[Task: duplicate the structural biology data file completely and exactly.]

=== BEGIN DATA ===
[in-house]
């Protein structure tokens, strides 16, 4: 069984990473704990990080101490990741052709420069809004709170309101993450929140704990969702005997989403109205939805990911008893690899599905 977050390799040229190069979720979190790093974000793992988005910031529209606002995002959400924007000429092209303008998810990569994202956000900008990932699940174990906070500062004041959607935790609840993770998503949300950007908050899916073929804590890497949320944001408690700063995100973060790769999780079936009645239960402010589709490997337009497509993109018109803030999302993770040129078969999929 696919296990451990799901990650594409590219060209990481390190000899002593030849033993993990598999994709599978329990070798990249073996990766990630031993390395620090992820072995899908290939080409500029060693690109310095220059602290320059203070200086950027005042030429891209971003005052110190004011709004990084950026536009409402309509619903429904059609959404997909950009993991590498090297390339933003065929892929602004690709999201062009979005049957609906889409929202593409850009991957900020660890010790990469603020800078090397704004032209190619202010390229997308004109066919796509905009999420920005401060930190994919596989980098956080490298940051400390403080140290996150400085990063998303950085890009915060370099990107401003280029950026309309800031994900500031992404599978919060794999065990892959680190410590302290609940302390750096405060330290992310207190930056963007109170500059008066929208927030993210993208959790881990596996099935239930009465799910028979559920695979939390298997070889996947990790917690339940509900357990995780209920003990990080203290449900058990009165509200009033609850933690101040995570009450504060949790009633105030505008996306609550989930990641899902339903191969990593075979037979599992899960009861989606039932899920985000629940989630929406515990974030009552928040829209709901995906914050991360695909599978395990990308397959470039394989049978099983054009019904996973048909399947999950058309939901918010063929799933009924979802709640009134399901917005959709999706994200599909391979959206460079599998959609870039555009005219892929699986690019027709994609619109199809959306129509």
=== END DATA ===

[in-house]
């Protein structure tokens, strides 16, 4: 069984990473704990990080101490990741052709420069809004709170309101993450929140704990969702005997989403109205939805990911008893690899599905 977050390799040229190069979720979190790093974000793992988005910031529209606002995002959400924007000429092209303008998810990569994202956000900008990932699940174990906070500062004041959607935790609840993770998503949300950007908050899916073929804590890497949320944001408690700063995100973060790769999780079936009645239960402010589709490997337009497509993109018109803030999302993770040129078969999929 696919296990451990799901990650594409590219060209990481390190000899002593030849033993993990598999994709599978329990070798990249073996990766990630031993390395620090992820072995899908290939080409500029060693690109310095220059602290320059203070200086950027005042030429891209971003005052110190004011709004990084950026536009409402309509619903429904059609959404997909950009993991590498090297390339933003065929892929602004690709999201062009979005049957609906889409929202593409850009991957900020660890010790990469603020800078090397704004032209190619202010390229997308004109066919796509905009999420920005401060930190994919596989980098956080490298940051400390403080140290996150400085990063998303950085890009915060370099990107401003280029950026309309800031994900500031992404599978919060794999065990892959680190410590302290609940302390750096405060330290992310207190930056963007109170500059008066929208927030993210993208959790881990596996099935239930009465799910028979559920695979939390298997070889996947990790917690339940509900357990995780209920003990990080203290449900058990009165509200009033609850933690101040995570009450504060949790009633105030505008996306609550989930990641899902339903191969990593075979037979599992899960009861989606039932899920985000629940989630929406515990974030009552928040829209709901995906914050991360695909599978395990990308397959470039394989049978099983054009019904996973048909399947999950058309939901918010063929799933009924979802709640009134399901917005959709999706994200599909391979959206460079599998959609870039555009005219892929699986690019027709994609619109199809959306129509």